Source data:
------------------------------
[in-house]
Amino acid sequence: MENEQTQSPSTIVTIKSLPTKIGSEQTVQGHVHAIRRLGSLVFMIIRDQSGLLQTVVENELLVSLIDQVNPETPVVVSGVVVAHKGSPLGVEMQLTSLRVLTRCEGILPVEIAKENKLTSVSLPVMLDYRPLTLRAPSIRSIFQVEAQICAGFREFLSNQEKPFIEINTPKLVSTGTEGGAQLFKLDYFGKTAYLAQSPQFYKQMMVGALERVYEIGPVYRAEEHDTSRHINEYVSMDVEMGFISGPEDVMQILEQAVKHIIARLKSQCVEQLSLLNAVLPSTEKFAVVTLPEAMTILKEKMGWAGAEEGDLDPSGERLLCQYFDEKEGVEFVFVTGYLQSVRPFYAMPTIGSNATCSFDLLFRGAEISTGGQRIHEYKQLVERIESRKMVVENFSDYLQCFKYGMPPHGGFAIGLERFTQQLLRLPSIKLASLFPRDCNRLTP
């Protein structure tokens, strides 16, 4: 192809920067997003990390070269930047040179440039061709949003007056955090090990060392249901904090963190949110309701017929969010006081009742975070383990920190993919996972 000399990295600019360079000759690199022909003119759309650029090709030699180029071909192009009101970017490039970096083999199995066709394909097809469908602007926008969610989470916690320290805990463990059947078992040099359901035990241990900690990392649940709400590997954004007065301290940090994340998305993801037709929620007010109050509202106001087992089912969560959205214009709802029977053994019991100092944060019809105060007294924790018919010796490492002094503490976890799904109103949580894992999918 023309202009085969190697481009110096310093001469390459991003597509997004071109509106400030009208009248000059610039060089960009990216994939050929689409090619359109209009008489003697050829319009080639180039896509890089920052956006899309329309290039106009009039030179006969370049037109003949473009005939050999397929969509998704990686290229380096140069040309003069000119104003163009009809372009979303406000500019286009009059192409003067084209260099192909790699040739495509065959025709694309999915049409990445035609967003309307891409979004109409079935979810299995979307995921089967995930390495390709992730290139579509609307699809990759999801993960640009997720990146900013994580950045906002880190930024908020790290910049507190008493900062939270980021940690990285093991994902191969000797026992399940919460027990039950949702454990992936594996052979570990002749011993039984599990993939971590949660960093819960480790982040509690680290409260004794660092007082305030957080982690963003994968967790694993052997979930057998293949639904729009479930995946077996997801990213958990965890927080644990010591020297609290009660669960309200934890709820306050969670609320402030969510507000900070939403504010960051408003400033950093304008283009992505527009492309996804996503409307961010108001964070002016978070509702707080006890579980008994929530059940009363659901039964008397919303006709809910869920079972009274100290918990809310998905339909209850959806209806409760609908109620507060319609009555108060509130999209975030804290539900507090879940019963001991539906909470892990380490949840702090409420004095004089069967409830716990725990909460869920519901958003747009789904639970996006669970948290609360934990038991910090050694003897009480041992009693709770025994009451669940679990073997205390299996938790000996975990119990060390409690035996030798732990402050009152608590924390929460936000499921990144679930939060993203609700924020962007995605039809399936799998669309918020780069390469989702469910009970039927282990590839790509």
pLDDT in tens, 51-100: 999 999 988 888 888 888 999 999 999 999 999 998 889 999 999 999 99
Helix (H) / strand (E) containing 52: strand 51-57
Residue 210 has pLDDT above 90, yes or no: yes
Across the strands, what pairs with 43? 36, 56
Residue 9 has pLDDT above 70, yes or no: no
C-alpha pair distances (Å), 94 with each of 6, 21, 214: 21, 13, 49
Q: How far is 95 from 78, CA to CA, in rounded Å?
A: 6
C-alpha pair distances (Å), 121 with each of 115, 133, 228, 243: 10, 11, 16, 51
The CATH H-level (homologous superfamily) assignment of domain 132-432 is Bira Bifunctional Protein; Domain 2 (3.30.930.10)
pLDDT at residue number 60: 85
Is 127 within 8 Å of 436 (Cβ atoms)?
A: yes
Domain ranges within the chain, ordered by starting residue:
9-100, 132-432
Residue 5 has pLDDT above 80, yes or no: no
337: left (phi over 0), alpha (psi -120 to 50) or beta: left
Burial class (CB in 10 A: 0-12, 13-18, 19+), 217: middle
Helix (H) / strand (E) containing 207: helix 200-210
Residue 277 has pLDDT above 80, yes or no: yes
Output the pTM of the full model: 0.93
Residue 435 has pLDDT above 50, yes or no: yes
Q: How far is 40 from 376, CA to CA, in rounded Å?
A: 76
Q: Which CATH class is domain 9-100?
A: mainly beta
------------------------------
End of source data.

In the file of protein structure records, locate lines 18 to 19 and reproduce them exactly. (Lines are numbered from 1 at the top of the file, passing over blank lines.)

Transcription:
9-100, 132-432
Residue 5 has pLDDT above 80, yes or no: no